Fired for cashing fraudalent checks (I am a bank teller).
I cashed a fraudulent check in January. The computer highlighted the check as bad and I unknowingly over rode the computer and cashed it. The only explanation I can give is that I have been under extreme stress (not job related)that caused the error. I was brought into the office and told I was on probation and that if I cashed a fraudulent check in the next 90 days, I would be fired.
It is company policy to fire an employee if they cash two fraudulent checks in a given amount of time.
A month later, I again cashed a fraudulent check. Again, the computer had highlighted the fact and I over rode the computer and unknowingly cashed the check. I was terminated immediately.
Again, I have been under extreme personal stress. I live in Michigan. Will I be able to collect unemployment?
I am not the one that decides if you will collect unemployment.
I can tell you what I think about your chances though. So let me tell you about a possible scenario that happens to people in your type of situation...a lot.
If and when you file, the state will of course notify the employer that you have done so. The employer may respond with just a statement saying you were terminated for a
rule violation....no details.
Depending on what you tell the state, they may decide to allow benefits in the absence of those details from the employer (I'm referring to the documents such as warnings and rules and your acknowledgment of rules).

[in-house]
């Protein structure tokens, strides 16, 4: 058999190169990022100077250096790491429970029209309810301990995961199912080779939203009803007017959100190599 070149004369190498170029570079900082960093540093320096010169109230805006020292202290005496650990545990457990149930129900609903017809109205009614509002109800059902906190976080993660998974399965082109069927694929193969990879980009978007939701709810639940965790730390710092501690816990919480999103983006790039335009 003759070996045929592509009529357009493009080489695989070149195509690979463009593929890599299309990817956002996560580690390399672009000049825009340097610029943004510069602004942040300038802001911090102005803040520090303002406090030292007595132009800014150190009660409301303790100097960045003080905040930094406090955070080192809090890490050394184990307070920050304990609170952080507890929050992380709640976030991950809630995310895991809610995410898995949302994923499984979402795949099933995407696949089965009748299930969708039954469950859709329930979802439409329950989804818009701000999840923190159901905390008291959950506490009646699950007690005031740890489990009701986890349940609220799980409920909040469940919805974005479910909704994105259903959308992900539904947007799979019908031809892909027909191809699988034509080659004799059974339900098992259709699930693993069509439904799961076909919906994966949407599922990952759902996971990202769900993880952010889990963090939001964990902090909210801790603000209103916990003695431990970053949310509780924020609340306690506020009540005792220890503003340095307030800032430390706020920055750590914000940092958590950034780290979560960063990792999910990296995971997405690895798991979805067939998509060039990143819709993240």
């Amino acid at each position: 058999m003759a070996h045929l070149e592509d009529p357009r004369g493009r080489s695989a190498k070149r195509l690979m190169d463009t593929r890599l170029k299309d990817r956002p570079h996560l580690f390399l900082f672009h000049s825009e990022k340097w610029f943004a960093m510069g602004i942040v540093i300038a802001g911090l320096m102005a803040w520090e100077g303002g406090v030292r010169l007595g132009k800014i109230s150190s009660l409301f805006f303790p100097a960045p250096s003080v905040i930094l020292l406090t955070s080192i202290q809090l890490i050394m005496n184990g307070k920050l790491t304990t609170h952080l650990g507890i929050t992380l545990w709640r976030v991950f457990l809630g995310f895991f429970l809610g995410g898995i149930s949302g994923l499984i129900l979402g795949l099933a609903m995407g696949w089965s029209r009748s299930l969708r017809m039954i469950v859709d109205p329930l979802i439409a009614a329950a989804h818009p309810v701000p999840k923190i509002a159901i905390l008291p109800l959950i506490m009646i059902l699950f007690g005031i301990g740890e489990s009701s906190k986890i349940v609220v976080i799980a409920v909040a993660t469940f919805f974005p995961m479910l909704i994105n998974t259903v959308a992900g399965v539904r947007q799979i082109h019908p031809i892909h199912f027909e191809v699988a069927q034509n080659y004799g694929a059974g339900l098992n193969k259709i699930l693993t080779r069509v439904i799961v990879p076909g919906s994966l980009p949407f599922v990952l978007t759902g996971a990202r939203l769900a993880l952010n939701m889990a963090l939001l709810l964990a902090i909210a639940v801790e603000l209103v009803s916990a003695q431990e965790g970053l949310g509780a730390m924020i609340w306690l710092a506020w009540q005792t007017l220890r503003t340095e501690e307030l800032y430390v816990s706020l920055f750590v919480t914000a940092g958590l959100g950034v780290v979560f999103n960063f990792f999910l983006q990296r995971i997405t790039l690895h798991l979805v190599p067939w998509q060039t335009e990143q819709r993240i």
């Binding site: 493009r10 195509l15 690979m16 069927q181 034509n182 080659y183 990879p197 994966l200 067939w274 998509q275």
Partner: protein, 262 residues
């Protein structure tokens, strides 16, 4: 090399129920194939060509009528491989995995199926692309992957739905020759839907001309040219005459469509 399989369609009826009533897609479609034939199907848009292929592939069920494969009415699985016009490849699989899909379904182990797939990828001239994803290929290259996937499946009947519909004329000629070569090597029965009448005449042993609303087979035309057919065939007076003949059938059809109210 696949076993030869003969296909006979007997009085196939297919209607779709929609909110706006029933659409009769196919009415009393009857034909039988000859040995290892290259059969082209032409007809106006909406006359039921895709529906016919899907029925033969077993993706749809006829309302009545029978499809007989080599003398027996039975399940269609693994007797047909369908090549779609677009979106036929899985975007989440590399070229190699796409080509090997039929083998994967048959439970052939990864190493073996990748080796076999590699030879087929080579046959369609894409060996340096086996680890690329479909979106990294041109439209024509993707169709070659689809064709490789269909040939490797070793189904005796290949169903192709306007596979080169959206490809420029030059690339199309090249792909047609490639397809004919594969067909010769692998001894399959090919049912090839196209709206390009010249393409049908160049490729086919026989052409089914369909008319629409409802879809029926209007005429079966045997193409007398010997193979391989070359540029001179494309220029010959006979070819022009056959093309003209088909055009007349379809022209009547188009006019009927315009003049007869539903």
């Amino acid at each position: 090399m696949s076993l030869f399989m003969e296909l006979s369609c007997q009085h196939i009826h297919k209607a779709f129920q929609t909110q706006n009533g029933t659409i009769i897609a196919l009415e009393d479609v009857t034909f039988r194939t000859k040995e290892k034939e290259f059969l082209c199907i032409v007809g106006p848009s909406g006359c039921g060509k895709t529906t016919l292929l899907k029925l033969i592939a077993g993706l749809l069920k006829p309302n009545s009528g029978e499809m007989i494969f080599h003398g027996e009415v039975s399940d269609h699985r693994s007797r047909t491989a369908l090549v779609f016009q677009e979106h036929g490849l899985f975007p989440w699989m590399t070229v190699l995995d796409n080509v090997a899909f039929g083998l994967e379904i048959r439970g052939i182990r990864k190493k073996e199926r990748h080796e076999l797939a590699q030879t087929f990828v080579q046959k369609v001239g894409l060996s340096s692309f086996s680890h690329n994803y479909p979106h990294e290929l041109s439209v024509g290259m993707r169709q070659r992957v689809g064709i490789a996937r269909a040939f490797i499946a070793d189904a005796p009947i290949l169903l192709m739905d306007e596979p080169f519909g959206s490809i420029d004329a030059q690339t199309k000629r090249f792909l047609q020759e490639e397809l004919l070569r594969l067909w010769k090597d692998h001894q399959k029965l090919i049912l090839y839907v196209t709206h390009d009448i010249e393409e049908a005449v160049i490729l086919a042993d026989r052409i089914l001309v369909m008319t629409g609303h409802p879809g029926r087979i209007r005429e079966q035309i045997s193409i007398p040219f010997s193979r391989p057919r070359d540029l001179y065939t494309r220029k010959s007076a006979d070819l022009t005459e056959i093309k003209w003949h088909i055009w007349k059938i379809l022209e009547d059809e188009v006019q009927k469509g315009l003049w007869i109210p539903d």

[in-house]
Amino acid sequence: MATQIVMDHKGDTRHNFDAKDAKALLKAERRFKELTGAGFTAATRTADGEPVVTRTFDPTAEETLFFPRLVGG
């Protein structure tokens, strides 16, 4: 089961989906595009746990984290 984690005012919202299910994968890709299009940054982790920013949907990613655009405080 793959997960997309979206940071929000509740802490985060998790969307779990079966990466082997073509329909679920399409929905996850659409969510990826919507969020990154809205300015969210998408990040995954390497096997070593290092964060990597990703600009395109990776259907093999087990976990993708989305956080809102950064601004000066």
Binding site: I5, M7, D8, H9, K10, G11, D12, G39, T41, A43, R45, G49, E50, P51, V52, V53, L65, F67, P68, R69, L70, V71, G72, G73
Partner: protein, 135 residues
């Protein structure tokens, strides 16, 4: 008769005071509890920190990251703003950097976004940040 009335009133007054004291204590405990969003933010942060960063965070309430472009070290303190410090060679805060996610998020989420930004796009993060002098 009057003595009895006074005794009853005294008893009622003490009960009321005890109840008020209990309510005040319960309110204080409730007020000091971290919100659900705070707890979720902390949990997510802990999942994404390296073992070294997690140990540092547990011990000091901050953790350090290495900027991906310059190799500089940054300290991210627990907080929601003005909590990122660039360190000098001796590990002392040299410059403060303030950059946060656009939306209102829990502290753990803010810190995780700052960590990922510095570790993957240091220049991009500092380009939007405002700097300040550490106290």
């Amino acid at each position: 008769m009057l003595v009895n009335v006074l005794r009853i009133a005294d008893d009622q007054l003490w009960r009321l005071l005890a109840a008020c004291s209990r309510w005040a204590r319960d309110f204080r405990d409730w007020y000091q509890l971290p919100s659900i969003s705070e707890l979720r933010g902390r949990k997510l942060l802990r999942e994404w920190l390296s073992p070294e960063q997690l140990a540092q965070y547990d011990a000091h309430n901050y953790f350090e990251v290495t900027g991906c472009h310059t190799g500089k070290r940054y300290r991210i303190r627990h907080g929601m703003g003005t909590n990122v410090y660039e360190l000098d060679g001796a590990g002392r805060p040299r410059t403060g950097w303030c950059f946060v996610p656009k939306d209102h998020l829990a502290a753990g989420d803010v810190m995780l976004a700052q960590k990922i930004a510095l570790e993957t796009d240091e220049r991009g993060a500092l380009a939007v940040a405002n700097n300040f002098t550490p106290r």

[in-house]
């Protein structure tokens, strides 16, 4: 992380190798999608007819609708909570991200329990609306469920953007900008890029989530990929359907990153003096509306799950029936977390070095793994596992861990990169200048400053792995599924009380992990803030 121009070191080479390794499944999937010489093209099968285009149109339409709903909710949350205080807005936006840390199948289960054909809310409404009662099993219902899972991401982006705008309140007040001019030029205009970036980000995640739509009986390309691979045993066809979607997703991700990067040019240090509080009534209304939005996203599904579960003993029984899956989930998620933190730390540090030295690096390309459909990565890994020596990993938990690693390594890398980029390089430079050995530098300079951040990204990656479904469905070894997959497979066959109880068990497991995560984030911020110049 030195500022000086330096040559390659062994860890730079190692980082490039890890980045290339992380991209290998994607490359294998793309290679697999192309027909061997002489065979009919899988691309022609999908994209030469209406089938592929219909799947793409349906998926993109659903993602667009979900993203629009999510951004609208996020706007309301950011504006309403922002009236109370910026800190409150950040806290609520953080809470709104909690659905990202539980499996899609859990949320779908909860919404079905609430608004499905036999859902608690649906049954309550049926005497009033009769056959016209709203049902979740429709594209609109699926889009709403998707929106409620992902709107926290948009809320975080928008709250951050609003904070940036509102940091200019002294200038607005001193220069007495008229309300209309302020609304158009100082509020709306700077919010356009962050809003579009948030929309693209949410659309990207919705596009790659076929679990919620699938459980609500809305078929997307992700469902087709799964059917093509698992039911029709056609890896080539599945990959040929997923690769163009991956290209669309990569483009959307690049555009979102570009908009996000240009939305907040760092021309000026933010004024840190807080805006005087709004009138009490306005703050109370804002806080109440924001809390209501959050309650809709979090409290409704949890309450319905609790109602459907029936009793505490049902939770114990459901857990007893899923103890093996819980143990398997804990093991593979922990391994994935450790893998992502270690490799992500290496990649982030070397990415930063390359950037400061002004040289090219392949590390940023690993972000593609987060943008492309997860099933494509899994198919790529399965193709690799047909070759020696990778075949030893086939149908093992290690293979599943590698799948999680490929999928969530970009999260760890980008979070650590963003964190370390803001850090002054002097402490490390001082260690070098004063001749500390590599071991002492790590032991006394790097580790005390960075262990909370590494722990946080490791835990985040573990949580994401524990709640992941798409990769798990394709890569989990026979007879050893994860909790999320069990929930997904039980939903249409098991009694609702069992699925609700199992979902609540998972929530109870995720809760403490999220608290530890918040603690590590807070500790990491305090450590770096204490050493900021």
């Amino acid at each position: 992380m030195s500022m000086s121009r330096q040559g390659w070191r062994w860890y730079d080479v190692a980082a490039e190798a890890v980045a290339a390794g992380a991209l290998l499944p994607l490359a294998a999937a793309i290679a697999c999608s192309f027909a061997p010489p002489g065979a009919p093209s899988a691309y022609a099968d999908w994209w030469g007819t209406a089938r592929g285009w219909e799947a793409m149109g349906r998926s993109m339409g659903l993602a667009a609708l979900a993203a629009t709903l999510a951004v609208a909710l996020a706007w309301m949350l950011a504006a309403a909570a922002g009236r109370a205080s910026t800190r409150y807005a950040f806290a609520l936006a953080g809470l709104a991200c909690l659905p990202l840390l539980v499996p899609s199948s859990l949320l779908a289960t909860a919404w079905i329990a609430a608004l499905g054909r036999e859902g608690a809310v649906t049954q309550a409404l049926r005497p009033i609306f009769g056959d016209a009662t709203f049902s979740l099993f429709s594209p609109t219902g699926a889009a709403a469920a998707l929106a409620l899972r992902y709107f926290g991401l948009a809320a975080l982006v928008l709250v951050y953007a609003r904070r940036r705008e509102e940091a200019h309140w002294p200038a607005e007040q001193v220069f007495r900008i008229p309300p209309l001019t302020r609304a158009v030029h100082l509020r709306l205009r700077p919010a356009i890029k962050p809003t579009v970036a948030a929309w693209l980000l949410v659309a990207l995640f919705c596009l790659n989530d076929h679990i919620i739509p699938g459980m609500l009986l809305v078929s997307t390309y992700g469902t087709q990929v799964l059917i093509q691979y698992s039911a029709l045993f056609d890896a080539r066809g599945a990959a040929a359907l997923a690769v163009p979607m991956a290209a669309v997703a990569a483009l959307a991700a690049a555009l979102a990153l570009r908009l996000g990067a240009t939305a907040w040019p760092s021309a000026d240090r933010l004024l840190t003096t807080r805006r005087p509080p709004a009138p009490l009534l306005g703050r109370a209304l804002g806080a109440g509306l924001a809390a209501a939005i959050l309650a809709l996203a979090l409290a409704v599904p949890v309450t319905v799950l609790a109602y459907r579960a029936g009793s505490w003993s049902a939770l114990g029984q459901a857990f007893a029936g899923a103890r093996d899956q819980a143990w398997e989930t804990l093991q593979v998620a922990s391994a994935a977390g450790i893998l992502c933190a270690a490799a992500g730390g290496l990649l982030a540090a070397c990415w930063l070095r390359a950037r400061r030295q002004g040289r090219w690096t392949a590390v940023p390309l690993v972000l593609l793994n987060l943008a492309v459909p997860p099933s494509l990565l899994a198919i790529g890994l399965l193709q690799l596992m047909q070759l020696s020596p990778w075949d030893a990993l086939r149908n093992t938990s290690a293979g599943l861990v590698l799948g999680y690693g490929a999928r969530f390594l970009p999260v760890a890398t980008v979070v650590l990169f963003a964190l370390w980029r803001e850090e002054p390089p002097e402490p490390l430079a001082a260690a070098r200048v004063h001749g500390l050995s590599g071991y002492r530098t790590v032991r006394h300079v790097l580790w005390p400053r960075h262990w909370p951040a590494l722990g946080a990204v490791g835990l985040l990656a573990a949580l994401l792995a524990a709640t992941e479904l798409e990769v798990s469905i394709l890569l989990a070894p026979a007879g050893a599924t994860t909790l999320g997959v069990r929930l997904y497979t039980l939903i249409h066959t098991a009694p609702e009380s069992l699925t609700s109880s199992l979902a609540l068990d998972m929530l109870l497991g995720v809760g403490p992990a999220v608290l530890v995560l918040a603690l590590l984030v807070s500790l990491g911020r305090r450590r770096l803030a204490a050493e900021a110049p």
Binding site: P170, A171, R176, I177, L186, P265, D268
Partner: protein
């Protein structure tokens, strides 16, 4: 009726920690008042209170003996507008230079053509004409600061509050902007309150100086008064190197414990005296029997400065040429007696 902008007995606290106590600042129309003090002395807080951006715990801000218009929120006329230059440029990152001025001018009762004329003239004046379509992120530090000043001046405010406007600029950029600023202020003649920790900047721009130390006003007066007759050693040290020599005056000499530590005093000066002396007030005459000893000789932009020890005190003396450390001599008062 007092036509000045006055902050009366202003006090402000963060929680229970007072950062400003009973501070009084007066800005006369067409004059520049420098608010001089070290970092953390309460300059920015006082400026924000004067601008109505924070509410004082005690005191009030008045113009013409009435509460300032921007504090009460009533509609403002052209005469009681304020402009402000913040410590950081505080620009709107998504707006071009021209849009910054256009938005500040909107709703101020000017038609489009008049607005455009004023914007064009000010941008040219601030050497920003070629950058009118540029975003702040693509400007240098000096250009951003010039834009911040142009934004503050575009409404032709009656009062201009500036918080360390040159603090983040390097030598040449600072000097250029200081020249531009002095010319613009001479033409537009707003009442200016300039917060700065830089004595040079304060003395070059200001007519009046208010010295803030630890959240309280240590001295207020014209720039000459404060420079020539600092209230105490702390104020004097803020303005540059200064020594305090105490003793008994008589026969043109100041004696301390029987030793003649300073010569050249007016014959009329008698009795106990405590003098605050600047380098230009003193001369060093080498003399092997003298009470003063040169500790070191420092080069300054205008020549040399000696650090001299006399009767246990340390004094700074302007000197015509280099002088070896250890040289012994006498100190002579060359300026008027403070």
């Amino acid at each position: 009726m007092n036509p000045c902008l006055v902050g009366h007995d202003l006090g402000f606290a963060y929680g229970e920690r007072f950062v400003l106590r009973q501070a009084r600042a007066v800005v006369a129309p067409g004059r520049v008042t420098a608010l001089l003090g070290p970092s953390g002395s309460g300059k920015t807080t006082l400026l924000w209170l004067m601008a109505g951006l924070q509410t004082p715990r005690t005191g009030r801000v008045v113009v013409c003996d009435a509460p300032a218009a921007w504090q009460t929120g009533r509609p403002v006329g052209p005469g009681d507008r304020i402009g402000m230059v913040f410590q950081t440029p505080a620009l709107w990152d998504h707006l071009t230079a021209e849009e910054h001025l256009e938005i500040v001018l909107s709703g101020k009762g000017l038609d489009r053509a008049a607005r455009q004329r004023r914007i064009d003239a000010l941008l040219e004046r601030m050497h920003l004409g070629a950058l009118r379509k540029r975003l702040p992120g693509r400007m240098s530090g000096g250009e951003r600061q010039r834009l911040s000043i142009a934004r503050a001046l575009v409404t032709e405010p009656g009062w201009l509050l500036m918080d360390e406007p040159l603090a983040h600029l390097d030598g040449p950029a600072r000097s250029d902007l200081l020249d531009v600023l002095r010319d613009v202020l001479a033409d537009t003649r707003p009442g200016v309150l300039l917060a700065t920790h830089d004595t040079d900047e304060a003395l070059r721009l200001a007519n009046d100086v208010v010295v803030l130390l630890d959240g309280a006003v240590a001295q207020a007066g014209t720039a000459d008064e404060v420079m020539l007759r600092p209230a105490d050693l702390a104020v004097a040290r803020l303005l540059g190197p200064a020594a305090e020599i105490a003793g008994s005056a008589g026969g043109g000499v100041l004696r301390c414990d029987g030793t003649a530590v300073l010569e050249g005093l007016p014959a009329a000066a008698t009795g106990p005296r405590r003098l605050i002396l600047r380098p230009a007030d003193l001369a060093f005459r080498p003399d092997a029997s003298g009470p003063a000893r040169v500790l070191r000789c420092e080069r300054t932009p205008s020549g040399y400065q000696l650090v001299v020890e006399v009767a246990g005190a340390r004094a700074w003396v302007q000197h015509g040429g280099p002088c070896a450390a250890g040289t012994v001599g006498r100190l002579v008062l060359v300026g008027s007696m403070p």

Employers and more to the point their unemployment service provider respond in just this manner because they know that all they have to do is appeal and get those documents in for the hearing.
In the meantime, you have been collecting unemployment. If the decision is made to reverse and disallow benefits is at the hearing (very likely in your situation if there is documentation) the state will then need to address the issue of whether you need to repay the benefits already received.
This is a real danger of collecting unemployment and is one more reason why I always stress that it is you the unemployed person who needs to be sure of your position...per the statutes.
It is very doubtful that personal stress in your life will be considered good cause for your rule violation because the rule violation definitely is harmful to the employer's interest and they did warn you. The employer followed their own policy...per you.
The very word "overrode" implies a knowing act. And that's what the employer will hammer on at a hearing.